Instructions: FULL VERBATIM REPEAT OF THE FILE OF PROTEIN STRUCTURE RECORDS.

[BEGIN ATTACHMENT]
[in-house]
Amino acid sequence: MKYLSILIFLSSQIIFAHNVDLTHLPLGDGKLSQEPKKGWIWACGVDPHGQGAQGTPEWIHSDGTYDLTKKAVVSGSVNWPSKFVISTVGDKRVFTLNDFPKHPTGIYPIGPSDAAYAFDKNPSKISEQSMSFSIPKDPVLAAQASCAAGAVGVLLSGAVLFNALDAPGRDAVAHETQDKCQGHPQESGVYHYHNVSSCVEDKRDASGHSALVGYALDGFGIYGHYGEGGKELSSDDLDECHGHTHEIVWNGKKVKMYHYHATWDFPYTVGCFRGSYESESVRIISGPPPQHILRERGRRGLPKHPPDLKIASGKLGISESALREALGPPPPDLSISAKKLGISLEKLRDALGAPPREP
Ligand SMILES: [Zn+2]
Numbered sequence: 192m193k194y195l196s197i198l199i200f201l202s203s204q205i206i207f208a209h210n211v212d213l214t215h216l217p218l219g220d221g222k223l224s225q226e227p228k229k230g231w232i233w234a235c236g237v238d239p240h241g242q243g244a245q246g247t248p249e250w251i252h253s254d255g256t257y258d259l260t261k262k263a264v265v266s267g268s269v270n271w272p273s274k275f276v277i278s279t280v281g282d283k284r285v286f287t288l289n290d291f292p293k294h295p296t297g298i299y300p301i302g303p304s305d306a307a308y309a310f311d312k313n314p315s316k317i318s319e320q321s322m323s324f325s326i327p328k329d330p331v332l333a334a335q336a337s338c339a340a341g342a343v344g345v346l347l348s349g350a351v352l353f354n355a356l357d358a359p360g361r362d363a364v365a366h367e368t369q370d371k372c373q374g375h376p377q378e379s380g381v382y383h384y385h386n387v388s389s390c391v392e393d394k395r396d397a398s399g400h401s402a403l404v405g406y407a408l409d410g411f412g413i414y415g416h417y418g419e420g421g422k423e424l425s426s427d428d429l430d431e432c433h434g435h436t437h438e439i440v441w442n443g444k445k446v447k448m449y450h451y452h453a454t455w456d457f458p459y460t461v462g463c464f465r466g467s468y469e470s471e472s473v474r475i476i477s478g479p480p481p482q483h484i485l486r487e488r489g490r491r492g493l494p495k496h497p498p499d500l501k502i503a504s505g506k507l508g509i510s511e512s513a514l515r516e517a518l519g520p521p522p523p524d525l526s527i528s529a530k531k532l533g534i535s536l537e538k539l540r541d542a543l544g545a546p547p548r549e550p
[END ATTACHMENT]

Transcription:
[in-house]
Amino acid sequence: MKYLSILIFLSSQIIFAHNVDLTHLPLGDGKLSQEPKKGWIWACGVDPHGQGAQGTPEWIHSDGTYDLTKKAVVSGSVNWPSKFVISTVGDKRVFTLNDFPKHPTGIYPIGPSDAAYAFDKNPSKISEQSMSFSIPKDPVLAAQASCAAGAVGVLLSGAVLFNALDAPGRDAVAHETQDKCQGHPQESGVYHYHNVSSCVEDKRDASGHSALVGYALDGFGIYGHYGEGGKELSSDDLDECHGHTHEIVWNGKKVKMYHYHATWDFPYTVGCFRGSYESESVRIISGPPPQHILRERGRRGLPKHPPDLKIASGKLGISESALREALGPPPPDLSISAKKLGISLEKLRDALGAPPREP
Ligand SMILES: [Zn+2]
Numbered sequence: 192m193k194y195l196s197i198l199i200f201l202s203s204q205i206i207f208a209h210n211v212d213l214t215h216l217p218l219g220d221g222k223l224s225q226e227p228k229k230g231w232i233w234a235c236g237v238d239p240h241g242q243g244a245q246g247t248p249e250w251i252h253s254d255g256t257y258d259l260t261k262k263a264v265v266s267g268s269v270n271w272p273s274k275f276v277i278s279t280v281g282d283k284r285v286f287t288l289n290d291f292p293k294h295p296t297g298i299y300p301i302g303p304s305d306a307a308y309a310f311d312k313n314p315s316k317i318s319e320q321s322m323s324f325s326i327p328k329d330p331v332l333a334a335q336a337s338c339a340a341g342a343v344g345v346l347l348s349g350a351v352l353f354n355a356l357d358a359p360g361r362d363a364v365a366h367e368t369q370d371k372c373q374g375h376p377q378e379s380g381v382y383h384y385h386n387v388s389s390c391v392e393d394k395r396d397a398s399g400h401s402a403l404v405g406y407a408l409d410g411f412g413i414y415g416h417y418g419e420g421g422k423e424l425s426s427d428d429l430d431e432c433h434g435h436t437h438e439i440v441w442n443g444k445k446v447k448m449y450h451y452h453a454t455w456d457f458p459y460t461v462g463c464f465r466g467s468y469e470s471e472s473v474r475i476i477s478g479p480p481p482q483h484i485l486r487e488r489g490r491r492g493l494p495k496h497p498p499d500l501k502i503a504s505g506k507l508g509i510s511e512s513a514l515r516e517a518l519g520p521p522p523p524d525l526s527i528s529a530k531k532l533g534i535s536l537e538k539l540r541d542a543l544g545a546p547p548r549e550p